Rachel B. Gross, a professor of Jewish studies at San Francisco State University, is willing to bet that you don’t see your purchase of a scarf from the National Museum of American Jewish History gift shop as religious practice. Ditto for a kosher-style pastrami sandwich scarfed down at Hymie’s, an afternoon spent on a Jewish genealogical website or a historical tour of Congregation Mikveh Israel.
These activities, as we typically understand them, are Jewish cultural practices, distinct from religious practices that take place in synagogues or around the Shabbos dinner table. They are expressions of nostalgia, in many cases, rather than spiritual exercises.
But Gross argues in her provocative new book that this distinction between “religious” and “cultural” is false. The widely shared experience of American Jewish nostalgia is, she says, the expression of understanding between Jews living and dead, i.e., religion, and create networks of sacred meaning. To view nostalgia as merely “a wishful affection or sentimental longing for an irrevocable past,” Gross writes, is a mistake. It is in a Hymie’s booth, she argues, digging into that pastrami sandwich, where American Jews practice religion today.
Jewish communal leaders, philanthropists and academics have sounded the alarm at the decline of traditional religious practice, Gross says, giving rise to a fundraising structure that privileges “Jewish continuity” above nearly all else. “But if we reorient where we look for American Jewish religion and reconsider how we define it,” she writes, “then we start to find a lot more of it.”
Gross uses the framework of “lived religion,” expanding the definition of religious activity beyond what “official” religion allows. Rather than accepting religion as prescriptively defined by official texts and dictates of traditional institutions, Gross uses a descriptive approach that “helps us to take seriously the structures, commitments, and activities that shape everyday life,” she writes.
Gross’ assessment of the way institutional Judaism dismisses activities that aren’t officially Jewish is well-argued and comprehensive, and her claim that this is partially due to an understanding of nostalgia as feminine and therefore unserious deserves greater study. But it’s difficult to accept her larger argument.
I write for a Jewish newspaper, and read about Judaism and Jewish people more than any other subject, but I don’t understand that to be religious. Likewise, it makes me feel a bit sad to consider that a preference for bagels and ancestry.com could constitute a connection to the infinite.
If powerful sectors of institutional Judaism are not properly valuing cultural practice, as Gross charges, it makes sense to argue for the intrinsic value of such practices rather than argue that they should be recategorized as religious. Non-religious connections to Judaism should be encouraged and nurtured, but we don’t need to radically reorient our communal understanding of those connections in order to see their worth.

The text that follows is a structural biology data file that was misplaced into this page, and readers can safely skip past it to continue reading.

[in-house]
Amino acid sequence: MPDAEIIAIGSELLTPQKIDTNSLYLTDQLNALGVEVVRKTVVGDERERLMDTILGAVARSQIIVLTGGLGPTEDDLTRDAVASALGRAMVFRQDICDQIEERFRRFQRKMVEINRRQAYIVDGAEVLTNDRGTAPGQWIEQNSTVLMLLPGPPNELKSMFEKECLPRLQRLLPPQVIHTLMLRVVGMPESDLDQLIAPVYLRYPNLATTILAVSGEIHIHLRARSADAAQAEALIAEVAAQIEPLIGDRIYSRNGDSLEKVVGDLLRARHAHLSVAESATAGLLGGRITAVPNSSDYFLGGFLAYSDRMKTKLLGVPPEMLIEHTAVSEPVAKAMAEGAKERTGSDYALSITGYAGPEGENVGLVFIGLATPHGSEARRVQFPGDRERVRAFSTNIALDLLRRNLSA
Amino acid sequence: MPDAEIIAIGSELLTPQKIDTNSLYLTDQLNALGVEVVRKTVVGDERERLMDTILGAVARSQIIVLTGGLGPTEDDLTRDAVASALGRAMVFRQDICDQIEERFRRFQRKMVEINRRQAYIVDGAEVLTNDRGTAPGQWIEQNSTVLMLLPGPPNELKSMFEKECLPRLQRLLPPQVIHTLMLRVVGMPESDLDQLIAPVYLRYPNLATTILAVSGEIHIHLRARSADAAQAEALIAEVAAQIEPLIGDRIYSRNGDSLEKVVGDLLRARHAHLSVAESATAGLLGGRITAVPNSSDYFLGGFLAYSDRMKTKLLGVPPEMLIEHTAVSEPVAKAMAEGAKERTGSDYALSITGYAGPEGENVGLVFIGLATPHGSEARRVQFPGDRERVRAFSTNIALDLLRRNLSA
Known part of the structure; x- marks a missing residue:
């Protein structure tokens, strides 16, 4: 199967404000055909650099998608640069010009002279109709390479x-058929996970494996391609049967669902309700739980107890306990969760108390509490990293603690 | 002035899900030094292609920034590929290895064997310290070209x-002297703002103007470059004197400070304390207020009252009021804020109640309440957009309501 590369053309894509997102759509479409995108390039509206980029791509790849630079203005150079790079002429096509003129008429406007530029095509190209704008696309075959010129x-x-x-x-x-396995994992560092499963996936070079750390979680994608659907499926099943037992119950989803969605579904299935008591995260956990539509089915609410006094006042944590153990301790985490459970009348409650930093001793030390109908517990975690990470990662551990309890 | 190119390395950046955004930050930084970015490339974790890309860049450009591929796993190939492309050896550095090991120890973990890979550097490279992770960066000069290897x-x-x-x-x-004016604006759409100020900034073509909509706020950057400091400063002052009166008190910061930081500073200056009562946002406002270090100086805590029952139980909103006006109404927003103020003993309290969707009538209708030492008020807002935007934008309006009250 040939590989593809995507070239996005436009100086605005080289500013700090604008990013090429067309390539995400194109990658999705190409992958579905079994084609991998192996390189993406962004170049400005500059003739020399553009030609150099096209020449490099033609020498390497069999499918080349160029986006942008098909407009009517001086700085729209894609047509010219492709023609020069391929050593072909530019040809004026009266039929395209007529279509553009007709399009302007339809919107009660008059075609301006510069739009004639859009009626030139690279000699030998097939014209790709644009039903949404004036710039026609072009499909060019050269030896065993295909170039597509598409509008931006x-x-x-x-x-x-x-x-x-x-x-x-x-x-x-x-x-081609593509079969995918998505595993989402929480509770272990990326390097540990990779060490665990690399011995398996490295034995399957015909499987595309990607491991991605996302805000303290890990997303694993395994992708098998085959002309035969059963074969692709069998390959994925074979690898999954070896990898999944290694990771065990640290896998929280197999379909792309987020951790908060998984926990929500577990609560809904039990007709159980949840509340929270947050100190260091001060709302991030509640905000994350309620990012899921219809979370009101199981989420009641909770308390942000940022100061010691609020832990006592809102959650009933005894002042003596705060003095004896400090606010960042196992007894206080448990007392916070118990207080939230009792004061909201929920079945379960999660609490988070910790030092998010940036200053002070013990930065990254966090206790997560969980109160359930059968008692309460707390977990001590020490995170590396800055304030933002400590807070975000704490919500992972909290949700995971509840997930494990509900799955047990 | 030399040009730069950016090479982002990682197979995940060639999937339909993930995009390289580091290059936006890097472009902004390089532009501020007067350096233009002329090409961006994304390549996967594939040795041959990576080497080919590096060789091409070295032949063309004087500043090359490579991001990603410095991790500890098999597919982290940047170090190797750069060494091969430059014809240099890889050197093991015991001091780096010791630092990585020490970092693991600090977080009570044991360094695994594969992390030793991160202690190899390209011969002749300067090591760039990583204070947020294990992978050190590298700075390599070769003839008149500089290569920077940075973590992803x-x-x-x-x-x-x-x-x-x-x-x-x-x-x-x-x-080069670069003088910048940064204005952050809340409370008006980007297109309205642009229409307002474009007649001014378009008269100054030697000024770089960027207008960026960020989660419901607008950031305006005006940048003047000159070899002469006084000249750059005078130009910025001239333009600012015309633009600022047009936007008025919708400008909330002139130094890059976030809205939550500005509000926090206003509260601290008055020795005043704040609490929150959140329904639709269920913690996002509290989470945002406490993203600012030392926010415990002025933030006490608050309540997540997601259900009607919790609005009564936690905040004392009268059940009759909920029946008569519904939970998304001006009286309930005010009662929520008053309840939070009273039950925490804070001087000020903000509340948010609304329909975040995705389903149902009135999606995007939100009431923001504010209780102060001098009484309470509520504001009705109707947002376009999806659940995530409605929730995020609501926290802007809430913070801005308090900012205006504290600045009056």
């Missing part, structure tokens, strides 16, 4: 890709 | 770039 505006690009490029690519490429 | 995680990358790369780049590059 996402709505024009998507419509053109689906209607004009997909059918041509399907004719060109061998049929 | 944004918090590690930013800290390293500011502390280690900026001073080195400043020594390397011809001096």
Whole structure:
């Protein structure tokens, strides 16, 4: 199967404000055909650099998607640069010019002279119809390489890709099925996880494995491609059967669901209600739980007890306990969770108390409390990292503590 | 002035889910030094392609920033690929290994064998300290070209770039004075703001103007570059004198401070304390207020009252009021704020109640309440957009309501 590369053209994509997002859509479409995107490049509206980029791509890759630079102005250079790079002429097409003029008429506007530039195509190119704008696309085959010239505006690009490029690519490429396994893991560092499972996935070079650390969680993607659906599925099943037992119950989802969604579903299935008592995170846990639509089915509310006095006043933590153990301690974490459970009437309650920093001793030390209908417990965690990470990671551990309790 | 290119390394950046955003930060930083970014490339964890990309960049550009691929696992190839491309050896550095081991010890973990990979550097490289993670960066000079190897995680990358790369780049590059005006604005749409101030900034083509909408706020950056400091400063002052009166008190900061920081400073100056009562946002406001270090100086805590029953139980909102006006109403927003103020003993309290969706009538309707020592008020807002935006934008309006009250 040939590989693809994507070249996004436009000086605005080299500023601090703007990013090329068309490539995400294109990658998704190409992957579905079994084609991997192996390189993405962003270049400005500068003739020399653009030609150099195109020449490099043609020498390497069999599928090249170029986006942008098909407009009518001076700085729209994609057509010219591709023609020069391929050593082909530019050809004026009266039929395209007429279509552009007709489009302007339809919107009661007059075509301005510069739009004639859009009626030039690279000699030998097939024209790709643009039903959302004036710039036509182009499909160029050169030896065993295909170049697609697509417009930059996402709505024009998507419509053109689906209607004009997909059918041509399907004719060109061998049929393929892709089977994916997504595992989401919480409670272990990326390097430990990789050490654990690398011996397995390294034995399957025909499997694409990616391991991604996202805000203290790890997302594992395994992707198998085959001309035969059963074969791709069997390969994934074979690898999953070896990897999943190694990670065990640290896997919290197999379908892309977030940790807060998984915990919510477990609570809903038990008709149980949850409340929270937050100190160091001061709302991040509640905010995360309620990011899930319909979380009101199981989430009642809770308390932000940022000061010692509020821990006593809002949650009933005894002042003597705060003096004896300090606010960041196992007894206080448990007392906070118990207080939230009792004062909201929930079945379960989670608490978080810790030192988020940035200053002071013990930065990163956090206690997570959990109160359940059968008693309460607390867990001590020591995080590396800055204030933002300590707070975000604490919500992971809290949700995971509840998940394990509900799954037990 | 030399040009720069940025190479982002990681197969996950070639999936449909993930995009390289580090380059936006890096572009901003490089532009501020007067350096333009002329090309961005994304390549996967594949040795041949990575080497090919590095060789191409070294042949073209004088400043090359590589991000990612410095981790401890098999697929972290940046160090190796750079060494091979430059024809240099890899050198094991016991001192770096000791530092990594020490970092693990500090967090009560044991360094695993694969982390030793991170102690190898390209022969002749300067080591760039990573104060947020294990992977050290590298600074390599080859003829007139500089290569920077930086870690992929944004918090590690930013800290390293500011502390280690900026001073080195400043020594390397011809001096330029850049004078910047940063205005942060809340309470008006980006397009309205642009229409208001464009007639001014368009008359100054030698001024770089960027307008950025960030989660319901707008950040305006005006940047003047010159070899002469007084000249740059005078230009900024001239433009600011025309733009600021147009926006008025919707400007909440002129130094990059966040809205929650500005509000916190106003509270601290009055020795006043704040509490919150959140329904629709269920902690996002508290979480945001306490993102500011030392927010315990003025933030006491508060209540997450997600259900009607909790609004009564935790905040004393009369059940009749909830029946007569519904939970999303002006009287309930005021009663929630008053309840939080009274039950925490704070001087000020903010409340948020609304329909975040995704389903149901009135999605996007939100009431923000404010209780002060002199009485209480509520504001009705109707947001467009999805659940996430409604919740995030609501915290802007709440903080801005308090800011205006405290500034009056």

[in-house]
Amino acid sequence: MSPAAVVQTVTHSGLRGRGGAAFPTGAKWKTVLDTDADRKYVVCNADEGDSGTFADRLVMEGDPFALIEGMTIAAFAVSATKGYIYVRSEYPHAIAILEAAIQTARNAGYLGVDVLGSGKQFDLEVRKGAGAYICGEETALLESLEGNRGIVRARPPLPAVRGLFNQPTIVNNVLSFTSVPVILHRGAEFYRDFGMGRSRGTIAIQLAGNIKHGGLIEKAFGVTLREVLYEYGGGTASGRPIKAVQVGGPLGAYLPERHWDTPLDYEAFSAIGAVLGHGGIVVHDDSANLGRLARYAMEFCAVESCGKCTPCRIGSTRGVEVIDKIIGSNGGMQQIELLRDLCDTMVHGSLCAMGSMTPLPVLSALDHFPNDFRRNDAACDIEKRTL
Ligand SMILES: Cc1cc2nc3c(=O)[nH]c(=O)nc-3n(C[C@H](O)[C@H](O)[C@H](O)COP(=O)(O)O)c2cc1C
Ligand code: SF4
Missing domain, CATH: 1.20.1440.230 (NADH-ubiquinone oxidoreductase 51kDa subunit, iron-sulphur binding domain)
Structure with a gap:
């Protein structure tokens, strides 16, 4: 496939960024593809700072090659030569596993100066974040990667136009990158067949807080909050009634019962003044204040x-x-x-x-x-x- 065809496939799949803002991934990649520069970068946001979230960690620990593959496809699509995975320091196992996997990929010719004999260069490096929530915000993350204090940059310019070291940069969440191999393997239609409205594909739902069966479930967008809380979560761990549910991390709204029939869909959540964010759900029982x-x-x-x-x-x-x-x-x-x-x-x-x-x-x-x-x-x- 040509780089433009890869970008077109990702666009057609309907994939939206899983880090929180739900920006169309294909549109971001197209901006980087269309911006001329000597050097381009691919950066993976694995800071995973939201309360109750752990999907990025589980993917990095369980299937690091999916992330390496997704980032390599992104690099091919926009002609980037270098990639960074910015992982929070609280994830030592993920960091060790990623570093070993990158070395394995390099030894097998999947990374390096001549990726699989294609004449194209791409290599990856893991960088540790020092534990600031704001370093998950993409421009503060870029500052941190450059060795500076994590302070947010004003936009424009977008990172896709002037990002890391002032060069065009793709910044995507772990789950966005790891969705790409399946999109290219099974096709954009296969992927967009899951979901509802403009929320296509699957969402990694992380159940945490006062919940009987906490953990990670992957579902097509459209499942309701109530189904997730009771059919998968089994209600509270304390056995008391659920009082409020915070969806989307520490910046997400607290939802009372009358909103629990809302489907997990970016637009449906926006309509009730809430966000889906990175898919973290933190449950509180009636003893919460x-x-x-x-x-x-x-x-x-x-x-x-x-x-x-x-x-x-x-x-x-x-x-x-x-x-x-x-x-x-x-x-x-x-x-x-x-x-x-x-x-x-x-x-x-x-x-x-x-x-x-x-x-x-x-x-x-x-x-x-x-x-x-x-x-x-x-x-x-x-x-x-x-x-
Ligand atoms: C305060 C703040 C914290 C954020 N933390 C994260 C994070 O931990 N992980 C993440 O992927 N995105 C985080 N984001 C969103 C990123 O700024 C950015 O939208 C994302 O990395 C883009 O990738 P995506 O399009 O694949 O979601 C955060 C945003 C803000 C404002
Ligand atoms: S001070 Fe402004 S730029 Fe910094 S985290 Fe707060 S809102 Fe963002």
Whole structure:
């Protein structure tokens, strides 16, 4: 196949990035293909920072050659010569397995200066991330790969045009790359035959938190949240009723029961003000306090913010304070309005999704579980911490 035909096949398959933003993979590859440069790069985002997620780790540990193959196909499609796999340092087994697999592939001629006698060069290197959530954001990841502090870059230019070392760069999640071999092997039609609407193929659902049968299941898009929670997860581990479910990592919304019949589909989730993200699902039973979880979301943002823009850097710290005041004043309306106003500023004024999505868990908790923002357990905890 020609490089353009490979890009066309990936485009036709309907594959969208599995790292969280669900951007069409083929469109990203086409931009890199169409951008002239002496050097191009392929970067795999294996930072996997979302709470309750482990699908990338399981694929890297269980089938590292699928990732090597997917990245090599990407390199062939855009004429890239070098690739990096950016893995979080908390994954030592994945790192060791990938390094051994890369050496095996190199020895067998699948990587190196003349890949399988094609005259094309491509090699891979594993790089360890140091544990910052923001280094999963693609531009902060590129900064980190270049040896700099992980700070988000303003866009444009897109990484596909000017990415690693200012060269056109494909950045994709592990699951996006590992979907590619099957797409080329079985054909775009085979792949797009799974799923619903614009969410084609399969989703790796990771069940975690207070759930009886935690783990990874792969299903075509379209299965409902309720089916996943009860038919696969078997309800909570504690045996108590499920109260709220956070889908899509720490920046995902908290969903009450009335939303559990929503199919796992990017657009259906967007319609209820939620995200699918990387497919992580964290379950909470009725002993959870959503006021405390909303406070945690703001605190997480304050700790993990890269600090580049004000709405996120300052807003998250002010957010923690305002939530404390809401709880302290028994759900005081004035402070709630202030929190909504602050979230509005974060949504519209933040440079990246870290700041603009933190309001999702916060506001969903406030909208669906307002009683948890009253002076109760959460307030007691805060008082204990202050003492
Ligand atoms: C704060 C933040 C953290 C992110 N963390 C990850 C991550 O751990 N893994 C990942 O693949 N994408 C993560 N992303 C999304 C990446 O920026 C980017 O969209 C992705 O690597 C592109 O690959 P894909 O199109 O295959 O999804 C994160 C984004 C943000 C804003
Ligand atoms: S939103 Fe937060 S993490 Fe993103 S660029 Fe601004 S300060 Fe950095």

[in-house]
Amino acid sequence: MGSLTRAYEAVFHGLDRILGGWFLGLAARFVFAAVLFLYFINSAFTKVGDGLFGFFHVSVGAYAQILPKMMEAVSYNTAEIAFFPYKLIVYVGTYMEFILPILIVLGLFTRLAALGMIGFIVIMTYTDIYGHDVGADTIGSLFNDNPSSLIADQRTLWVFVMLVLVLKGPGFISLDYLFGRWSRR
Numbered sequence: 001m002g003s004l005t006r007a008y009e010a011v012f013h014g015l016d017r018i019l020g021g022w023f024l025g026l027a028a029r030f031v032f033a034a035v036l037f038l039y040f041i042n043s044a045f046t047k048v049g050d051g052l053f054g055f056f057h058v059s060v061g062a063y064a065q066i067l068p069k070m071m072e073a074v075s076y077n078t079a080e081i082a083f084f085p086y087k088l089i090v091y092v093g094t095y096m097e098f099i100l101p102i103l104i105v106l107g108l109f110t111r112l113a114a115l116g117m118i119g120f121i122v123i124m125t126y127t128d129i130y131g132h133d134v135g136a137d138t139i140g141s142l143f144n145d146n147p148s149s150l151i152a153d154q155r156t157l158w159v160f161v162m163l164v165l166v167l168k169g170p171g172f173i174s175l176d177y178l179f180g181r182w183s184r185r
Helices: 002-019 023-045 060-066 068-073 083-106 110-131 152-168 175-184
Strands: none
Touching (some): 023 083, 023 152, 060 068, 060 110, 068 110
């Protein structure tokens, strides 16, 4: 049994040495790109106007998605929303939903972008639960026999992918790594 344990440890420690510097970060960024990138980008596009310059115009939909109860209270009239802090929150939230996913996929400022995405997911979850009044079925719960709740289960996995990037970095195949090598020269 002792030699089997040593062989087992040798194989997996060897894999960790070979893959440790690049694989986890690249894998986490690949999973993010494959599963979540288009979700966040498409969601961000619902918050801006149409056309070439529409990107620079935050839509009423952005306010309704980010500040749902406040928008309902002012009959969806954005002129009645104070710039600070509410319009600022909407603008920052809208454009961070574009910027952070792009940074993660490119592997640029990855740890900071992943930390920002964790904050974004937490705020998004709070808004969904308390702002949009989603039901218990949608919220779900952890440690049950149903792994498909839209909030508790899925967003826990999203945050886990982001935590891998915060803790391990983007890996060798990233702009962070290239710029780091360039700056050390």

Whether you buy the larger argument, Gross’ book challenges prevailing orthodoxies of American Jewish life with respect and purpose.
“Tonight is Already Tomorrow” is a translated work published by Europa Editions written by a prominent Italian novelist about a mid-century child prodigy. If that sounds a bit like one of Elena Ferrante’s Neapolitan novels, I’ll admit that my interest in Ferrante led me to this new Europa novel by Lia Levi.
But unlike Ferrante’s popular books, Levi’s “Tonight is Already Tomorrow” is kind of a drag.
The writer’s powers of description are impeccable, even in translation, and her sense of the dramatic is on full display in her tale of a Genoan Jewish family caught up in the gears of Italy’s fascist turn. But confusion reigns in this short novel, which introduces characters and plot lines that are quickly dropped, as if Levi, overflowing with ideas, had trouble deciding which to include. In trying to take a bite out of every cake, “Tonight is Already Tomorrow” ends up without a distinctive flavor.
At times, Levi appears most interested in the character of Alessandro, the brilliant little boy set to change the fortunes of the Jewish Rimon family. In the chapters about him, you can see the outline of an interesting book, with grand machinations of history and familial strife seen through the eyes of a precocious little boy. But Levi finds so many other characters to inhabit that we don’t spend as much time with Alessandro as we’d like. In such a short book, far too much real estate is occupied by far-flung cousins and other minor characters.
There are ideas for five interesting novels in “Tonight is Already Tomorrow.” Unfortunately, Levi didn’t end up with one.
[email protected]; 215-832-0740